A recent Census Bureau report confirms what many African Americans already believed: Attempts to suppress the black vote in 2012 only served to stoke turnout.
The distortion and gross exaggeration at the heart of the Heritage Foundation’s latest argument against immigration reform even has its right-wing brethren crying foul.
The public’s reaction to the NBA player’s decision to make his sexual orientation public shows how far we’ve come on the issue of LGBT equality.
Our knowledge of foreign affairs is dismal compared to other countries, but if we are going to remain leaders of an interconnected world, we can’t continue to lag behind.
We should embrace opposition to our ideas and opinions instead of fiercely opposing it and taking sides, as Michael Fauntroy and Roland Martin recently did in a Twitter debate.
One Utah high school basketball team is breaking down prevalent stereotypes about race in the sport and showing America that talent isn’t color coded.
Saving the Republican Party will require some radical and fundamental changes, but preventing the party’s demise isn’t an impossible task.
Ta-Nehisi Coates’s recent New York Times op-ed has sparked an important conversation about race matters in our nation—and it may help to inspire more vigilance among Americans of the younger generation.
The news media present images that mislead and misinform our perceptions of minority populations in the United States.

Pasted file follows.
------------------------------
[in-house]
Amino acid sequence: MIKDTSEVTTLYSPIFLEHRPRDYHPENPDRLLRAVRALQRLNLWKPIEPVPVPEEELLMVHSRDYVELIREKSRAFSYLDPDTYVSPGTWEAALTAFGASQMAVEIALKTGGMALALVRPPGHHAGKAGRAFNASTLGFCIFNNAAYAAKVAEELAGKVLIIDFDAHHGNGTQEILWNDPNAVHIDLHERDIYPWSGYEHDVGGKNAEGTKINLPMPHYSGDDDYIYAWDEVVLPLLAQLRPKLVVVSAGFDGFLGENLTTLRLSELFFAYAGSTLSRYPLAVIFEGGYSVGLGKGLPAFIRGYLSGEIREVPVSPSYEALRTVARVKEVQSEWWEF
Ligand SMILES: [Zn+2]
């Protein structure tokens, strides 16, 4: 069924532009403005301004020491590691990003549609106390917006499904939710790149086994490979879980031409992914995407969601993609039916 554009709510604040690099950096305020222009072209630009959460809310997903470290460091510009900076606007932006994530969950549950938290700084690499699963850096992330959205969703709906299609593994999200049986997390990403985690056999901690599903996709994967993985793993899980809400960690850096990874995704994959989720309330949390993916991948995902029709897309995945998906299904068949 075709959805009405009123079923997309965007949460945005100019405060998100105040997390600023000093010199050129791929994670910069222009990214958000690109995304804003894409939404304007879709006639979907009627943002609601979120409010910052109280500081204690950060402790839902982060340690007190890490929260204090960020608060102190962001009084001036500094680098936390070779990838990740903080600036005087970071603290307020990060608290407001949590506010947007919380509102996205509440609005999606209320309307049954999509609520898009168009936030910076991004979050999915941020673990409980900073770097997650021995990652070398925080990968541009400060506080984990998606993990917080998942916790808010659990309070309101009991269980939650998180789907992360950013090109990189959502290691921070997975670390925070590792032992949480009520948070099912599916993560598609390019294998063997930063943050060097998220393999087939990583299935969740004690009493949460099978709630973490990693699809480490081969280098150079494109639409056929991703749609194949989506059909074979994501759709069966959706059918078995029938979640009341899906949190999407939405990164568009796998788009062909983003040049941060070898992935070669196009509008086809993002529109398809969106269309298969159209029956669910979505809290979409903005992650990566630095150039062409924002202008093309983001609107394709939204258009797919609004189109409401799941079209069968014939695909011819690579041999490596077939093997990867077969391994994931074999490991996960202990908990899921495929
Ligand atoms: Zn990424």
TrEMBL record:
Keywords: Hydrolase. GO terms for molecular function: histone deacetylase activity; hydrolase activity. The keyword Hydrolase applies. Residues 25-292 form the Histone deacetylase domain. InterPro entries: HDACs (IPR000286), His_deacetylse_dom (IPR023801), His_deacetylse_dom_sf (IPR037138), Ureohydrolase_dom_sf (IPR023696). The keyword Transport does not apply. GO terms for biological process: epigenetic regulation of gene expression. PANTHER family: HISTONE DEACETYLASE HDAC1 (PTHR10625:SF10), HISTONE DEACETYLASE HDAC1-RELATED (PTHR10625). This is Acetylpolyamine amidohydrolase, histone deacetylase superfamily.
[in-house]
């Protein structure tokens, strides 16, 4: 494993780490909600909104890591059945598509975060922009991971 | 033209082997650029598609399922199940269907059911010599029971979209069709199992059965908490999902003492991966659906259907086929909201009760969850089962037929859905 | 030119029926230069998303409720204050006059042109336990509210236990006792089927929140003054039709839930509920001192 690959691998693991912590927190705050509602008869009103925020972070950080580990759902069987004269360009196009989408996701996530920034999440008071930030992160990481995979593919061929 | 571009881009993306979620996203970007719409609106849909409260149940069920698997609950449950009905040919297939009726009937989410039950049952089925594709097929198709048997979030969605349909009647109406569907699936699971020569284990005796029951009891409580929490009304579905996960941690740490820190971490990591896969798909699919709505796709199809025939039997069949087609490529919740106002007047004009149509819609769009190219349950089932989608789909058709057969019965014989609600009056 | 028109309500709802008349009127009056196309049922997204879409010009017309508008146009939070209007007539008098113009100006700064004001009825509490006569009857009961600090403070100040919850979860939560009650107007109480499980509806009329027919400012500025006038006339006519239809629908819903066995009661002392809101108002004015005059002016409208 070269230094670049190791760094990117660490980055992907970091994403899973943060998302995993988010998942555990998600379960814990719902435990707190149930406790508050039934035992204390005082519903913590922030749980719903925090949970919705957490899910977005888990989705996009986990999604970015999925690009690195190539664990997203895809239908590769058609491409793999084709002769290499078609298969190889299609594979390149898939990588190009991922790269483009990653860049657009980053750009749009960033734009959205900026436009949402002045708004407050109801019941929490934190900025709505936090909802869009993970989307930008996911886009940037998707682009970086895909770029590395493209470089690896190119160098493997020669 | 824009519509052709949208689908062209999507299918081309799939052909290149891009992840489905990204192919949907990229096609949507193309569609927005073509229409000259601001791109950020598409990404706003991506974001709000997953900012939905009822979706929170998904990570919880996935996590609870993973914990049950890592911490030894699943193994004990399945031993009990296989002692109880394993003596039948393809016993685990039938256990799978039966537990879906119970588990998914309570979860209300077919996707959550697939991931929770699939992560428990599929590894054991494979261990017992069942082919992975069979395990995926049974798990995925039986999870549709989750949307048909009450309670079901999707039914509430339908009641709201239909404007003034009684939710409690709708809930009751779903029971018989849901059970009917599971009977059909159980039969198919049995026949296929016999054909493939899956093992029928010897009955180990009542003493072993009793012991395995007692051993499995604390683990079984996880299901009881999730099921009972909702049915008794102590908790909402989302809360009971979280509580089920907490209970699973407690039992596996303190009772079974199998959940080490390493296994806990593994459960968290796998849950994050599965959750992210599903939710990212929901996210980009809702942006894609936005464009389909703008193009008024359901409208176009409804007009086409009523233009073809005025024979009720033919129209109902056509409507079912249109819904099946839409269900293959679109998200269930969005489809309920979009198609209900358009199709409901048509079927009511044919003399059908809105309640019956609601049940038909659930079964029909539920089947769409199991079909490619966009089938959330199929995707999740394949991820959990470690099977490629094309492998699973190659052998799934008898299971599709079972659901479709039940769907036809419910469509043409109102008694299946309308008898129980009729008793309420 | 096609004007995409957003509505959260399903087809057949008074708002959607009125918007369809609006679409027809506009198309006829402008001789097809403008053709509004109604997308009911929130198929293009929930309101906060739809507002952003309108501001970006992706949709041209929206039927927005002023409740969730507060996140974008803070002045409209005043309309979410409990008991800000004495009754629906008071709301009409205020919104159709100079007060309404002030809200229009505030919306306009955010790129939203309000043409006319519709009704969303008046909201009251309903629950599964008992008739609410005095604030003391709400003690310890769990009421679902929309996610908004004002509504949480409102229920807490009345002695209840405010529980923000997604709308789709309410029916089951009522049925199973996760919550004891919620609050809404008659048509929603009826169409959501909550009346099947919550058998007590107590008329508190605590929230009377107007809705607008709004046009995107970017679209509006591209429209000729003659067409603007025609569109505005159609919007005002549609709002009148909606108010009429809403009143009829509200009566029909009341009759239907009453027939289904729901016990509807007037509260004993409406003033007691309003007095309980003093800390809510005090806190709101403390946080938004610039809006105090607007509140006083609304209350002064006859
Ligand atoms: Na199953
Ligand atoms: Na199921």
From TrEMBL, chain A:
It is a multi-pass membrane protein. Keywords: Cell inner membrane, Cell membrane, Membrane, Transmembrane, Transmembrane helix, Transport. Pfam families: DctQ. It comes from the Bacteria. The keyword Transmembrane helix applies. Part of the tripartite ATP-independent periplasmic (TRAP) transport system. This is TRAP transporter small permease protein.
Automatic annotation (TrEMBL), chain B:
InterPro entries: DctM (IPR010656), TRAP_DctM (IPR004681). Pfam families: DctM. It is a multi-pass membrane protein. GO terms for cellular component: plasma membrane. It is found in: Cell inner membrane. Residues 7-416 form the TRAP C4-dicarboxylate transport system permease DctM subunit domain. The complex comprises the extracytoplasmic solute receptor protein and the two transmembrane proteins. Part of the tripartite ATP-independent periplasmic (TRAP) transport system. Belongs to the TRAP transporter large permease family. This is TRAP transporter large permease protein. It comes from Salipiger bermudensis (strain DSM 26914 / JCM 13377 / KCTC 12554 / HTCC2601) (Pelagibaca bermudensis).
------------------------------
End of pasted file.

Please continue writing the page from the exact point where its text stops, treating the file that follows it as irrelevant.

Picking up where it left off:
Emory University President James W. Wagner is paying the price for ignorance and insensitivity, but we all stand to lose if talking about race becomes too risky.
The estimated 3 million black immigrants living in the United States often go ignored, but their daily plight is no less dramatic or demanding of public attention.
There is no place for “us-versus-them” talk in African Americans’ conversations about immigration reform.
Entertainment and civil rights icon Harry Belafonte challenges black celebrities and the African American community to become much more vocal in the discourse surrounding America’s gun violence crisis.
America’s civil rights history and the progress we’ve made as a nation since that era must serve as a beacon to solving challenges going forward.
The president’s second inaugural address asked for a familiar favor from all Americans: to be engaged and help move the country forward together.